Labour's Keith Vaz announces he won't stand for re-election after Commons ban over cocaine scandal
Labour's Keith Vaz has announced that he will not run to become an MP again after being handed a six-month Commons ban for causing "significant damage" to its reputation.
The disgraced party veteran said it had been an "honour and a privilege" to represent Leicester East since 1987 as he confirmed he was stepping down.
Labour leader Jeremy Corbyn meanwhile paid tribute to Mr Vaz's "substantial and significant contribution to public life".
The MP was handed a six-month Commons ban last month after the Committee on Standards said he had shown "disregard for the law" and caused "significant damage to the reputation and integrity of the House of Commons as a whole".
Mr Vaz was forced to step down from his role as Chair of the Commons Home Affairs Select Committee in 2016 after the Sunday Mirror obtained a recording of him offering to buy cocaine for two male escorts.
The damning Commons report said: "The Committee finds that by expressing willingness to purchase cocaine for another person to use, Mr Vaz showed disregard for the law, and by failing to co-operate fully with the inquiry process, he showed disrespect for the House’s standards system."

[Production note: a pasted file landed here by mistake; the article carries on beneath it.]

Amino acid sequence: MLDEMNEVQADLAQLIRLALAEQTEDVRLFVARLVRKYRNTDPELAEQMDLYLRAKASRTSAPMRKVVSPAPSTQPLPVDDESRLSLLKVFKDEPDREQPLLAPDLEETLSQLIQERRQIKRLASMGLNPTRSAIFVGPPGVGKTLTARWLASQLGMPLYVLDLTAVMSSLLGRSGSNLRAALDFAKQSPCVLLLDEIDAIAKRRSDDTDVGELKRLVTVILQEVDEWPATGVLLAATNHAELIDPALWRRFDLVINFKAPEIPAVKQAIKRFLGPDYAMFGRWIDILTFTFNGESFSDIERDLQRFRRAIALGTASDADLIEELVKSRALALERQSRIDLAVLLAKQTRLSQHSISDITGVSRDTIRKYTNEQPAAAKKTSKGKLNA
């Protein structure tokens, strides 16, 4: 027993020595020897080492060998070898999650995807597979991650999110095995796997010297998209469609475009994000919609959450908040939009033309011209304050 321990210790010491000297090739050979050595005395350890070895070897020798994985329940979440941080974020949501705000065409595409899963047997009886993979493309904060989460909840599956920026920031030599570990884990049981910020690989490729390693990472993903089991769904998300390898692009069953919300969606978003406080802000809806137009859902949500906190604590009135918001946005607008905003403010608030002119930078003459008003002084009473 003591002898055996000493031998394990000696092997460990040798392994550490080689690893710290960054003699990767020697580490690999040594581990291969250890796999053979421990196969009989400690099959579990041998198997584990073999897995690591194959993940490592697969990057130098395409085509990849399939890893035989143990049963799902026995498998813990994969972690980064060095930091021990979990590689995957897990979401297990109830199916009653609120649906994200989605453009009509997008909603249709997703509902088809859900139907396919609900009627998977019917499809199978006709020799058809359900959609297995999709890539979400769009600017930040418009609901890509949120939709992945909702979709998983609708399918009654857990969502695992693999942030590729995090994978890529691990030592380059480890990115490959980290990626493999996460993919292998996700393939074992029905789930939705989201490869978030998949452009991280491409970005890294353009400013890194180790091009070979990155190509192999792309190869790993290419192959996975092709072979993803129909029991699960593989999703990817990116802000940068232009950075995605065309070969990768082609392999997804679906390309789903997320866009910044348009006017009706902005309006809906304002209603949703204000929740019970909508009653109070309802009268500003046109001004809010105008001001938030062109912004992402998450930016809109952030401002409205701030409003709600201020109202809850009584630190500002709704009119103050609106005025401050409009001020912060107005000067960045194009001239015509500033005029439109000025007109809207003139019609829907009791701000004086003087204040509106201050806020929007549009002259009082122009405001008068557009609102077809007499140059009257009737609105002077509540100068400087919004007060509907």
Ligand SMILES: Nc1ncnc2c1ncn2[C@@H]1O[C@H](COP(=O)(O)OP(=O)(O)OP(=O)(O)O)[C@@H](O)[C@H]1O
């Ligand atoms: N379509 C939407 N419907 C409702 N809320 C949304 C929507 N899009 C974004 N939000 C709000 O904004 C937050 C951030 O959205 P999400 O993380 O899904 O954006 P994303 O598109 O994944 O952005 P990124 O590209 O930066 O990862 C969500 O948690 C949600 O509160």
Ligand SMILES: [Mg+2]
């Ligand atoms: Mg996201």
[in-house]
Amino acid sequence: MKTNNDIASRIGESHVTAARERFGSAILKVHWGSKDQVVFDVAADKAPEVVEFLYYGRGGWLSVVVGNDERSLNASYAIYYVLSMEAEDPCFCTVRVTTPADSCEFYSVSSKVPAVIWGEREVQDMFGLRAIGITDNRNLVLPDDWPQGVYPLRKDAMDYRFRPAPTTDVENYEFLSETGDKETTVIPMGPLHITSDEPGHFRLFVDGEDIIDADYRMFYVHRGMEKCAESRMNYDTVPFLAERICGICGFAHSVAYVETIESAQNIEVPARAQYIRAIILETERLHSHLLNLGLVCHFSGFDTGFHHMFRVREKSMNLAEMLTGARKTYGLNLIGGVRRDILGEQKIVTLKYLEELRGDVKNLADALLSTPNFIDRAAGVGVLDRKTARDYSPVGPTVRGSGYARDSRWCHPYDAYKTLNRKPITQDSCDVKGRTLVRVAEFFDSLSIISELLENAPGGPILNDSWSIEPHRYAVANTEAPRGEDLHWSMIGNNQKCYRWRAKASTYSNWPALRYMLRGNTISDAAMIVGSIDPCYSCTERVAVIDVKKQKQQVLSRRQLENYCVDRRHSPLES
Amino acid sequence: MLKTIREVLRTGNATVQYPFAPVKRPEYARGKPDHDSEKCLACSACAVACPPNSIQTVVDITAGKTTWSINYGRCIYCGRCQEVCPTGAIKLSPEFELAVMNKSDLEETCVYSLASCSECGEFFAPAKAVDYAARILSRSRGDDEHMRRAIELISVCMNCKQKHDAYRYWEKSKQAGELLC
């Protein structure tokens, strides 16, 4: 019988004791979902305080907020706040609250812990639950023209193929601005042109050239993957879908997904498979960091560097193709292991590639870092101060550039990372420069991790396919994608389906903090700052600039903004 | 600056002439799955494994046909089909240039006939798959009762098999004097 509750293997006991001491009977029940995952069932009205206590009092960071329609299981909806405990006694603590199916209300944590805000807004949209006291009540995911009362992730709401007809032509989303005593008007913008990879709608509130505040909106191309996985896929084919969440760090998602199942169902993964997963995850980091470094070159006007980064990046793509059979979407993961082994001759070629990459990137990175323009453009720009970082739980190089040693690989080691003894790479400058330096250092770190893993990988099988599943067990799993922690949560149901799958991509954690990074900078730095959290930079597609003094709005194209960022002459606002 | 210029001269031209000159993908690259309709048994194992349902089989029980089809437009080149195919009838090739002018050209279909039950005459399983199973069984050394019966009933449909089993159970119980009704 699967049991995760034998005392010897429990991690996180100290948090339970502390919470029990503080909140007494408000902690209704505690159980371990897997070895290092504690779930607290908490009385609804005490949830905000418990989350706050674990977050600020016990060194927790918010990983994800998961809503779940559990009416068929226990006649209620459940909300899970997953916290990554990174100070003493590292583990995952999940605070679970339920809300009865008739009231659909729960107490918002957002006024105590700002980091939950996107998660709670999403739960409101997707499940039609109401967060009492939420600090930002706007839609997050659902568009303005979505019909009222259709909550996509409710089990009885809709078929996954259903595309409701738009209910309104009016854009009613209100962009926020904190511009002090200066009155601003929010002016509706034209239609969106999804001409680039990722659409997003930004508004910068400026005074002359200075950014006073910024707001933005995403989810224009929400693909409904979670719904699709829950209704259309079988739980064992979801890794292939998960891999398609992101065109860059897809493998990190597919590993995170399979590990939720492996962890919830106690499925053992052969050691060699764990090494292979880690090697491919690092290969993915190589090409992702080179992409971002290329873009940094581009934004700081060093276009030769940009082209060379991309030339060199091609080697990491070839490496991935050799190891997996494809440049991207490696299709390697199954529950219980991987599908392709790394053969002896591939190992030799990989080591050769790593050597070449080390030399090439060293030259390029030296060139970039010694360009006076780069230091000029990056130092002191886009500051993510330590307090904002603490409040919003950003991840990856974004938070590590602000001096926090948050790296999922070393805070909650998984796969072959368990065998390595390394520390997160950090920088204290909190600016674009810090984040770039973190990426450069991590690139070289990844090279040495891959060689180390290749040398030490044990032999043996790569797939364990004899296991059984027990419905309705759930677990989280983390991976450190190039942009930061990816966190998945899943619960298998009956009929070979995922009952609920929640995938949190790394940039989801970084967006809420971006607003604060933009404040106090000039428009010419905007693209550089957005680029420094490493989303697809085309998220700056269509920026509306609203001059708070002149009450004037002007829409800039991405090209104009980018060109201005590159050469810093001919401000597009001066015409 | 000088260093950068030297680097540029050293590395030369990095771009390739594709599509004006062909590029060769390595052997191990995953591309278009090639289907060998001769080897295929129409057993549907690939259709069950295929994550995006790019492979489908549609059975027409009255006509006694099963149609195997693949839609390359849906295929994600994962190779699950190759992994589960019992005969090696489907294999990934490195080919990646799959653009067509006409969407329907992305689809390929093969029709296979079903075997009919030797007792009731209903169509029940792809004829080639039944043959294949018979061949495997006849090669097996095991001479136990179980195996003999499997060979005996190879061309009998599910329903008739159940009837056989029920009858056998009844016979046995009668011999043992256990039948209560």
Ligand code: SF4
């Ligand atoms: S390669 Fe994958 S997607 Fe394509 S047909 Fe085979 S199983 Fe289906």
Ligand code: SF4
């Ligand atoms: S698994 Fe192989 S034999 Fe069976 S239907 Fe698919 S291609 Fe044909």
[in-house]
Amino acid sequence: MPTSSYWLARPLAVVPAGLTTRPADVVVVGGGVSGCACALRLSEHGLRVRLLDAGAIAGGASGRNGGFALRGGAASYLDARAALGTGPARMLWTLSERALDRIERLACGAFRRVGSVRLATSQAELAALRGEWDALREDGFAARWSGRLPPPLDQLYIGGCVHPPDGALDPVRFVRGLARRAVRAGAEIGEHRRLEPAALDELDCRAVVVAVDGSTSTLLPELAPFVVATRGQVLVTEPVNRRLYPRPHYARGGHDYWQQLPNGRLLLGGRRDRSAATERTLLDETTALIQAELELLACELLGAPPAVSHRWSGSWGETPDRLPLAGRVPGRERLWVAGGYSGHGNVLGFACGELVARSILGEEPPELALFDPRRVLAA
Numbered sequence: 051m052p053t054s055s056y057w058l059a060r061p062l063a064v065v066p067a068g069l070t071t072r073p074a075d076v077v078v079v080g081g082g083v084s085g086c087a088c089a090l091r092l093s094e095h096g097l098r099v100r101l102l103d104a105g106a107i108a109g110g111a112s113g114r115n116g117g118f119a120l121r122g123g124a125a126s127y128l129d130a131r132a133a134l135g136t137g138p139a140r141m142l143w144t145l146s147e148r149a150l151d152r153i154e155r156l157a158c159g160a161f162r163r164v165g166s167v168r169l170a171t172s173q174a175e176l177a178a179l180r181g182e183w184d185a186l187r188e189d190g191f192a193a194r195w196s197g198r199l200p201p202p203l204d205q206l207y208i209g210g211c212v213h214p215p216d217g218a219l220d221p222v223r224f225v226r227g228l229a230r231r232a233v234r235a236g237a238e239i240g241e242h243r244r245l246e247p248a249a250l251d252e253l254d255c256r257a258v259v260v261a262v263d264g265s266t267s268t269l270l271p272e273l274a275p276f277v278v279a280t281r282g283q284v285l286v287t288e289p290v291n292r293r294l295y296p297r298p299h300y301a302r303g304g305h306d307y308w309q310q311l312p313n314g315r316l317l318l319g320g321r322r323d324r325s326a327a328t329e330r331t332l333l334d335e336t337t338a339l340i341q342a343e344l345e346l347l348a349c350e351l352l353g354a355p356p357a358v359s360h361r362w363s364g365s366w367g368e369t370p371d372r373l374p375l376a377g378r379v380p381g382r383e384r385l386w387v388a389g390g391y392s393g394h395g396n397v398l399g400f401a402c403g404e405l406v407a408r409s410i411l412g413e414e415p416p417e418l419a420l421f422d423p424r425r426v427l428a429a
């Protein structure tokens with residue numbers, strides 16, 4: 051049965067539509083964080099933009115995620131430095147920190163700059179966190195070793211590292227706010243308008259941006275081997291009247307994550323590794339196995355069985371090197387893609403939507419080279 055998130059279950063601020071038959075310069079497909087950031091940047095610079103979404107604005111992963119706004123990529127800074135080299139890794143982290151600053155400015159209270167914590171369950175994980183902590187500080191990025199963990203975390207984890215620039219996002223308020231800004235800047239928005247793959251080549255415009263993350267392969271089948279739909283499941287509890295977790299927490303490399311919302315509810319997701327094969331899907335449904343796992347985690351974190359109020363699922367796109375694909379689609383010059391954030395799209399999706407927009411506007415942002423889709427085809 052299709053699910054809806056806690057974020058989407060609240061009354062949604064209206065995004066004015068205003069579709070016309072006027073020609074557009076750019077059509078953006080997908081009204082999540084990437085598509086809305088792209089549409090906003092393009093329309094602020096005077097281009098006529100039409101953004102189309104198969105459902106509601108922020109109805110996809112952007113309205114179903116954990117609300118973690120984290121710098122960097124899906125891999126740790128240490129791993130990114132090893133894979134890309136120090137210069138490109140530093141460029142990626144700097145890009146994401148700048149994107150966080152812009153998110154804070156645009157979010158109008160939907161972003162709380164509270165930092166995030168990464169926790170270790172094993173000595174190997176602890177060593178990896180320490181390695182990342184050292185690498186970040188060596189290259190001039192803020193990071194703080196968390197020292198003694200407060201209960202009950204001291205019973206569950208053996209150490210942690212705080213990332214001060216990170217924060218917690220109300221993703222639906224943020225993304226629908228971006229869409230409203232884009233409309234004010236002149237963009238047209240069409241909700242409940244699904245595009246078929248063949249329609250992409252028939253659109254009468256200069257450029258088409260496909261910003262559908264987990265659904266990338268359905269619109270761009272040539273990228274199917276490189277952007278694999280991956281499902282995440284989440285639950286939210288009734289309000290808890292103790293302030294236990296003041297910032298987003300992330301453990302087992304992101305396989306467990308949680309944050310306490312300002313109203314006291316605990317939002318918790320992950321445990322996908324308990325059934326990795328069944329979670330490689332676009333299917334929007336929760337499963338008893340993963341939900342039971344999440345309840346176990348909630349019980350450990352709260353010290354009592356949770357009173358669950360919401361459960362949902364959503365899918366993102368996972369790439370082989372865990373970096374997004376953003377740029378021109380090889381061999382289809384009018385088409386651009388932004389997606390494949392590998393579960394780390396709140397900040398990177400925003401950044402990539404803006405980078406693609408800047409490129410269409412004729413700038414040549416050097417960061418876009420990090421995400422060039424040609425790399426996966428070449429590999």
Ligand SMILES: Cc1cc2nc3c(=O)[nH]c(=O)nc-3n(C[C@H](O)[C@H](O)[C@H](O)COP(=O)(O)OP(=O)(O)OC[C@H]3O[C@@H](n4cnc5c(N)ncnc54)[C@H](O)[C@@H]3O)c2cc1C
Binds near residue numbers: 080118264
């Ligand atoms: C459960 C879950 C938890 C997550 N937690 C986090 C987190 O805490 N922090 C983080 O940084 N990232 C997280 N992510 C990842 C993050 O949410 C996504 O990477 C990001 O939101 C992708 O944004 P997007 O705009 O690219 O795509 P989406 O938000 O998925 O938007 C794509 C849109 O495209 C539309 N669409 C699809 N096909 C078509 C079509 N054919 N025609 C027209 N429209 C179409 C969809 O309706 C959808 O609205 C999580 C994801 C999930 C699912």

The former MP is said to have been receiving treatment for a "serious mental health condition" since details of the incident were first published in the Sunday Mirror.
In a statement confirming his exit, Mr Vaz said he had "decided to retire after completing 32 years as the Member of Parliament for Leicester East".
And he added: "In that time I have won eight general elections. It has been an honour and a privilege to serve my constituency since I came to the city in 1985.
"I want to thank the people of Leicester East for their absolute loyalty and support."
Mr Corbyn said: "Keith Vaz was among the pioneering group of black and Asian Labour MPs elected in 1987.
"Keith has made a substantial and significant contribution to public life, both as a constituency MP for the people of Leicester and for the Asian community across the country.
"He has helped to pave the way for more BAME people to become involved in politics."
The Labour leader added: "His work in Parliament has been exemplary as Britain's first Asian-origin minister, chair of the Home Affairs Select Committee, a campaigner on diabetes issues and most recently trying to help the peace process in Yemen."
The move comes after Labour's ruling national executive committee deferred a decision on Mr Vaz's future as a candidate at a key meeting last week.
But the former MP had been under mounting pressure to quit, with Shadow Home Secretary Diane Abbott - a longstanding ally - urging him to "consider his position" and "agree not to be a candidate".
"I think it’s been a very sad issue, not just for him, but for his family and his children," the Labour frontbencher added.
Mr Vaz's decision to step aside means Labour must now choose a new candidate for Leicester East, where the party currently enjoys a majority of 5,730 votes.